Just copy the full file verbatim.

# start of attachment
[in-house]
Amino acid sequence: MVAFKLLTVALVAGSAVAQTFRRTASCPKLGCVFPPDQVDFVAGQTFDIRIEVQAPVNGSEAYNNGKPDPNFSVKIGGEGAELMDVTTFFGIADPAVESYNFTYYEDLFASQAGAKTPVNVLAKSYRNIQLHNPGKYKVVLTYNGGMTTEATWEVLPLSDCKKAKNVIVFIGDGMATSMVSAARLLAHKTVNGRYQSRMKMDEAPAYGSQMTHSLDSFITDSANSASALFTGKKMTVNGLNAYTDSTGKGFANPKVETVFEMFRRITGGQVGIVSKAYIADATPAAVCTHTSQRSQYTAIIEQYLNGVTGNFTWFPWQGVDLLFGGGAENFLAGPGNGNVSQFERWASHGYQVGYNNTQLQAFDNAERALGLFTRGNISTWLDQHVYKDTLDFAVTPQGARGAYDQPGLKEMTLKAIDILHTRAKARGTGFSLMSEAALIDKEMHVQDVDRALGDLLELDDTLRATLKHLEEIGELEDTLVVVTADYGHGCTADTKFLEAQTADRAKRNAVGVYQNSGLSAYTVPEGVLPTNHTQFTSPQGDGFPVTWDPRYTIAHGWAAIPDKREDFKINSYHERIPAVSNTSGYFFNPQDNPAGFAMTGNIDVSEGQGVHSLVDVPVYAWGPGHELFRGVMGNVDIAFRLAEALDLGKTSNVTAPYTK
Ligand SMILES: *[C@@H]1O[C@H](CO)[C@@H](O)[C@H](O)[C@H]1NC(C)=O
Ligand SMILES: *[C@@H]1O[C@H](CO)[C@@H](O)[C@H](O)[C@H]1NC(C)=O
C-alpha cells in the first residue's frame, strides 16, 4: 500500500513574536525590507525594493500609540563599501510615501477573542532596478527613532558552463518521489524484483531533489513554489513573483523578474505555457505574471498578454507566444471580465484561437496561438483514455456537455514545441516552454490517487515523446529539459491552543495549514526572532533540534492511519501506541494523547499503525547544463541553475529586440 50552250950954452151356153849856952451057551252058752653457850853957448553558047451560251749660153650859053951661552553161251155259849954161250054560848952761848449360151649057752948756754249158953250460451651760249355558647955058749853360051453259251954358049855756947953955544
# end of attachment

[in-house]
Amino acid sequence: MVAFKLLTVALVAGSAVAQTFRRTASCPKLGCVFPPDQVDFVAGQTFDIRIEVQAPVNGSEAYNNGKPDPNFSVKIGGEGAELMDVTTFFGIADPAVESYNFTYYEDLFASQAGAKTPVNVLAKSYRNIQLHNPGKYKVVLTYNGGMTTEATWEVLPLSDCKKAKNVIVFIGDGMATSMVSAARLLAHKTVNGRYQSRMKMDEAPAYGSQMTHSLDSFITDSANSASALFTGKKMTVNGLNAYTDSTGKGFANPKVETVFEMFRRITGGQVGIVSKAYIADATPAAVCTHTSQRSQYTAIIEQYLNGVTGNFTWFPWQGVDLLFGGGAENFLAGPGNGNVSQFERWASHGYQVGYNNTQLQAFDNAERALGLFTRGNISTWLDQHVYKDTLDFAVTPQGARGAYDQPGLKEMTLKAIDILHTRAKARGTGFSLMSEAALIDKEMHVQDVDRALGDLLELDDTLRATLKHLEEIGELEDTLVVVTADYGHGCTADTKFLEAQTADRAKRNAVGVYQNSGLSAYTVPEGVLPTNHTQFTSPQGDGFPVTWDPRYTIAHGWAAIPDKREDFKINSYHERIPAVSNTSGYFFNPQDNPAGFAMTGNIDVSEGQGVHSLVDVPVYAWGPGHELFRGVMGNVDIAFRLAEALDLGKTSNVTAPYTK
Ligand SMILES: *[C@@H]1O[C@H](CO)[C@@H](O)[C@H](O)[C@H]1NC(C)=O
Ligand SMILES: *[C@@H]1O[C@H](CO)[C@@H](O)[C@H](O)[C@H]1NC(C)=O
C-alpha cells in the first residue's frame, strides 16, 4: 500500500513574536525590507525594493500609540563599501510615501477573542532596478527613532558552463518521489524484483531533489513554489513573483523578474505555457505574471498578454507566444471580465484561437496561438483514455456537455514545441516552454490517487515523446529539459491552543495549514526572532533540534492511519501506541494523547499503525547544463541553475529586440 50552250950954452151356153849856952451057551252058752653457850853957448553558047451560251749660153650859053951661552553161251155259849954161250054560848952761848449360151649057752948756754249158953250460451651760249355558647955058749853360051453259251954358049855756947953955544